To an extent unrivaled almost anywhere in the world, the best that America has to offer is a result of the combined efforts of the private and public spheres, in a society where hard work is rewarded and those who succeed are encouraged to give back. Our great cities have always borne the mark of private citizens who use their personal achievements for the greater good: John D. Rockefeller’s almost single-handed establishment of the University of Chicago, for instance, and Andrew Carnegie’s thousands of public libraries – not to mention Carnegie Hall.

In the course of our everyday lives, residents of the Bay Area witness the kind of private philanthropy that weaves itself into a city’s daily life, shaping urban development that becomes an indelible part of our community. The Berkeley Rep, the University Art Museum, the Freight and Salvage, and The Magnes would not be the local gems they are without the consistent engagement of private citizens.

The historic UC Theatre is an example of the kind of institution that served the city of Berkeley for nearly a century, but was then allowed to languish. Originally a nickelodeon, I came to know the theater as a revival house cinema (many an East Bay resident likely recalls seeing The Rocky Horror Picture Show there, at least once) – but in 2001, the theater’s doors closed, seemingly permanently. 

In 2012, however, the Berkeley Music Group began working to renovate the space as a music venue. Last year, we joined the effort with a matching grant that allowed others to take an active part in the effort to revive this cultural facility. I am very proud that the UC Theatre Taube Family Music Hall is once again open to the public. The venue is now offering shows that appeal to a range of ages and interests; singer-songwriter Ani DiFranco is one of the big names on this spring’s docket.

However, beyond providing entertainment, the new UC Theatre is also committed to serving and strengthening the East Bay’s existing community of nonprofit arts and service organizations, providing education and career opportunities in performance production for local youth, ages 16-25.

Literacy and education, music and the arts – culture understood both narrowly and broadly – are gifts that should be accessible to everyone, regardless of income or zip code. That’s the philosophy that institutions like the UC Theatre are employing toward our community, and setting a model others should follow.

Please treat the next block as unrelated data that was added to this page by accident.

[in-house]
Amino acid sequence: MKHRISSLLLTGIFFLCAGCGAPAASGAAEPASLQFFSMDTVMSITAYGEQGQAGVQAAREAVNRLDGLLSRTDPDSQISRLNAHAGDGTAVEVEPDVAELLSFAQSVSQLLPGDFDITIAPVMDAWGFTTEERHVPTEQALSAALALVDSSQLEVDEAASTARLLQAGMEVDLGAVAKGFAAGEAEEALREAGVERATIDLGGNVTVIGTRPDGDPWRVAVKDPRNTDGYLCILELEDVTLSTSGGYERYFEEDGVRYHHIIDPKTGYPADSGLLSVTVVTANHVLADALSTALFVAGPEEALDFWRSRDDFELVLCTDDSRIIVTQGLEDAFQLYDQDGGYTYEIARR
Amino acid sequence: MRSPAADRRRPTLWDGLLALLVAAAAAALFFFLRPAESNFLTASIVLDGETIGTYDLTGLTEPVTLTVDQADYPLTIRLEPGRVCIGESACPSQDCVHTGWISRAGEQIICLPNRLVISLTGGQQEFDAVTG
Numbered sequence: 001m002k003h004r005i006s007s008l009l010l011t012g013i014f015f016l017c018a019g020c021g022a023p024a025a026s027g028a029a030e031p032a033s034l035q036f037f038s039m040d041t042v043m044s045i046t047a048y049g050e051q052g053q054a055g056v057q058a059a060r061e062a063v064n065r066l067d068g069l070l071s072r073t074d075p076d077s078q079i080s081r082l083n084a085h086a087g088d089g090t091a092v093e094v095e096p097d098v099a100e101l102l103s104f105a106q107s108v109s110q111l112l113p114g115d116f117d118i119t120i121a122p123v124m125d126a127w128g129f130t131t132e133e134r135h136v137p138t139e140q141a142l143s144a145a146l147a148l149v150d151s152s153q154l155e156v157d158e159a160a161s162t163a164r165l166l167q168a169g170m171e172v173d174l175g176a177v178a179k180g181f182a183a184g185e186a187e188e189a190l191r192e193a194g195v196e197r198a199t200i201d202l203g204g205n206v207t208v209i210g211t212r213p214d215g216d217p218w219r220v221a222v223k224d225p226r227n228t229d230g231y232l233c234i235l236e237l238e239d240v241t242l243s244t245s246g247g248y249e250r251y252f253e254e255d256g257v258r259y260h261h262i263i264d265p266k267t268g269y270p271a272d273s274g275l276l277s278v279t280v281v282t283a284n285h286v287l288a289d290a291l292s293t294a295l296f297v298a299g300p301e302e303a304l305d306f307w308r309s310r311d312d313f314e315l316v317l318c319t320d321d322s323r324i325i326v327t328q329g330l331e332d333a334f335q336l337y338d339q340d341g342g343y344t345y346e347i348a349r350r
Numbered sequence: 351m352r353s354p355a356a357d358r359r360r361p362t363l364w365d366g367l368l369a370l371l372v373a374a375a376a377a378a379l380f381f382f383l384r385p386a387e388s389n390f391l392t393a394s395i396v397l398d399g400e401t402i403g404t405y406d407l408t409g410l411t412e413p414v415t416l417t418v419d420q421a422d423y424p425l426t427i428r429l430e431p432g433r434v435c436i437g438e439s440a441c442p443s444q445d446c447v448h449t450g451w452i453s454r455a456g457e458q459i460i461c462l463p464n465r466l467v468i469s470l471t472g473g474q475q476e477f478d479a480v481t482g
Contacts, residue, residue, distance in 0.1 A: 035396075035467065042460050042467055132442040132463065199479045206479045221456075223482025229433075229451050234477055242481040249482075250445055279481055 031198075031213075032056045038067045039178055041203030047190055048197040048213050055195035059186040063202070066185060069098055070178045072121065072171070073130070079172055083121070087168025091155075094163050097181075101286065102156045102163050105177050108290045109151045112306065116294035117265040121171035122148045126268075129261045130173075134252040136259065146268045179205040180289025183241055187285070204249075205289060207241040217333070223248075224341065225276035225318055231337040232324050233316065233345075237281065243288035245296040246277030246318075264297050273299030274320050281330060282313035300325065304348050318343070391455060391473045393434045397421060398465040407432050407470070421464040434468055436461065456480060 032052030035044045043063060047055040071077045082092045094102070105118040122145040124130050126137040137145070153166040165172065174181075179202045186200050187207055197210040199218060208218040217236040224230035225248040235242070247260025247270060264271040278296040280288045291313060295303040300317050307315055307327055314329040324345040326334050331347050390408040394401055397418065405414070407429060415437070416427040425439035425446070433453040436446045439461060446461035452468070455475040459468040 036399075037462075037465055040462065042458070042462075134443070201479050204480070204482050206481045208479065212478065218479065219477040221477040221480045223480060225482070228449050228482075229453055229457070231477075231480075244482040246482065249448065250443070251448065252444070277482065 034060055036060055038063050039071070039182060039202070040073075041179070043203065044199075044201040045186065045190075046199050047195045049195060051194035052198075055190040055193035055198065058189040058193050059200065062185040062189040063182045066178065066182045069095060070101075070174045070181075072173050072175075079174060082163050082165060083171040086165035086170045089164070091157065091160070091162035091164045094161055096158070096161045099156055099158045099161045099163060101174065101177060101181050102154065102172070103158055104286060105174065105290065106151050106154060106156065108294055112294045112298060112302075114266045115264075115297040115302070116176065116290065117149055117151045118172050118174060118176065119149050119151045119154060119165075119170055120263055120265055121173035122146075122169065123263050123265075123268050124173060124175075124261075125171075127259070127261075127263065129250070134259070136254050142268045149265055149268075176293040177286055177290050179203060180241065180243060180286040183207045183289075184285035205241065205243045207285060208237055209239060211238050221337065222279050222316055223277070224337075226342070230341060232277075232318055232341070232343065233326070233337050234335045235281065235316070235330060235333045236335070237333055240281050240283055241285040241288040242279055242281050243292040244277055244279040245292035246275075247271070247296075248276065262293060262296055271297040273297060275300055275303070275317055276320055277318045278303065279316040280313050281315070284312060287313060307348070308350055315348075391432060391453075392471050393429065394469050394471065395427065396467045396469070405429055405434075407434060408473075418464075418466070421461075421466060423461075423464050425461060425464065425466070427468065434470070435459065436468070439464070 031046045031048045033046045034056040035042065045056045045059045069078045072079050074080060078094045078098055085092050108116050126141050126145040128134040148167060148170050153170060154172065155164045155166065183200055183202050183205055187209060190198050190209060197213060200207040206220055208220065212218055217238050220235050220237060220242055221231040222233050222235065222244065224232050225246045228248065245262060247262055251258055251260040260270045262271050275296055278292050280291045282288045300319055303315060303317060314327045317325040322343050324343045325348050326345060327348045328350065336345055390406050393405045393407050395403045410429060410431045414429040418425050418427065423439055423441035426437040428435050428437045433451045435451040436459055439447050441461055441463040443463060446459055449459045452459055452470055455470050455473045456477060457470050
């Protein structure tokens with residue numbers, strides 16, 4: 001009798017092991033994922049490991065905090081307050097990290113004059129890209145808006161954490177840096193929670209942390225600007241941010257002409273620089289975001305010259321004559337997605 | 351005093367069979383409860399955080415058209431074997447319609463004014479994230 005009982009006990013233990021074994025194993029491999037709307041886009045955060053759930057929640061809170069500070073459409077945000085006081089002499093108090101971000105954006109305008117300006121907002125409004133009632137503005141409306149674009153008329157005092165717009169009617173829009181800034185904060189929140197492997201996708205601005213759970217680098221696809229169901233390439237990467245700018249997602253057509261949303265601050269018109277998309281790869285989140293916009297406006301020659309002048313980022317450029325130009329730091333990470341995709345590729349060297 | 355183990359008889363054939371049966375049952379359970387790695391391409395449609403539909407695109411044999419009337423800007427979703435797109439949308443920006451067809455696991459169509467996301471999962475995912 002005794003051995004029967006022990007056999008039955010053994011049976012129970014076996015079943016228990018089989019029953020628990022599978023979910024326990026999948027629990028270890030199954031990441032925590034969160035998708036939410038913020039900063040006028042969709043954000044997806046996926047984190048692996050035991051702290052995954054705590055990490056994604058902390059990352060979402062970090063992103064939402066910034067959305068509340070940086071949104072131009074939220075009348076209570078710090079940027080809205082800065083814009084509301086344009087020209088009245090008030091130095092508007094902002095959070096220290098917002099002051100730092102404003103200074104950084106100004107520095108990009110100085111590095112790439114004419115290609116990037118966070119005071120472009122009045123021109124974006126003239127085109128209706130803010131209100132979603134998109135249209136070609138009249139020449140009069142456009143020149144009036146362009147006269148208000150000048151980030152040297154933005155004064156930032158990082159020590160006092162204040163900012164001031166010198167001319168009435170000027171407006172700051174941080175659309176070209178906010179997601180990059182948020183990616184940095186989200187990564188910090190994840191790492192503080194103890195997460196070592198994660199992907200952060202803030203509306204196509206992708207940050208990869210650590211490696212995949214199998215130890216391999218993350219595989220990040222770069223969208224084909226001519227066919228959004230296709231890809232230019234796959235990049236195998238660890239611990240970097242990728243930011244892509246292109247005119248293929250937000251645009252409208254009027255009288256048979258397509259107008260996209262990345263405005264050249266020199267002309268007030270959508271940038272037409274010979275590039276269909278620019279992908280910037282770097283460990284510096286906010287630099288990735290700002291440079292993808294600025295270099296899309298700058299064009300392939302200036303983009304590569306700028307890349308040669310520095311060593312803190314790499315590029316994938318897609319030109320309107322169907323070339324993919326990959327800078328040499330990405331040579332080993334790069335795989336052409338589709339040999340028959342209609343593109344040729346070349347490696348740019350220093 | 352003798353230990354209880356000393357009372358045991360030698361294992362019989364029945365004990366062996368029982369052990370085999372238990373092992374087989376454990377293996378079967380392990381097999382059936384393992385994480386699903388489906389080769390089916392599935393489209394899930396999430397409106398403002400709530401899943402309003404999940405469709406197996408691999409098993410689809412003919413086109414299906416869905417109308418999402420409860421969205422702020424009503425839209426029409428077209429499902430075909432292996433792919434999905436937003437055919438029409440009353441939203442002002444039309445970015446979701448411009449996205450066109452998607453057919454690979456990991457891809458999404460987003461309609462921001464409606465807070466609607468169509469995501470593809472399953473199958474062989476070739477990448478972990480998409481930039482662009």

This approach necessarily requires an understanding of community and culture that’s inclusive and diverse, an approach that contributes to broader civic life around us – and, I would further argue, it demands a commitment not just to the moment in which we live, but also to the future. 

As we develop new organizations or projects, we must also seek to deepen and widen the aims of existing institutions, building new relevancy for the 21st century. Neighborhoods and communities are often anchored to historic buildings or cultural programs, and we have too often seen the cost of letting formerly great institutions collapse rather than enabling innovation. We have a responsibility to ensure that any project we support can mature and thrive over decades to come, so it can be utilized and appreciated by the next generation and have an impact that goes far beyond our own involvement.

Members of this community with means have a responsibility to use our resources toward improving the social and communal welfare of those around us, especially those in the most need. The great cities of this nation are great precisely because of the involvement of their citizens. Government will never be enough; communities thrive when they’re marked by a sense of mutual obligation, civic pride, and a willingness to invest in tomorrow. It can be easy, in the middle of our all-too busy lives, to forget these simple truths – but if want the Bay Area to continue to grow and thrive, we must dedicate ourselves to furthering them.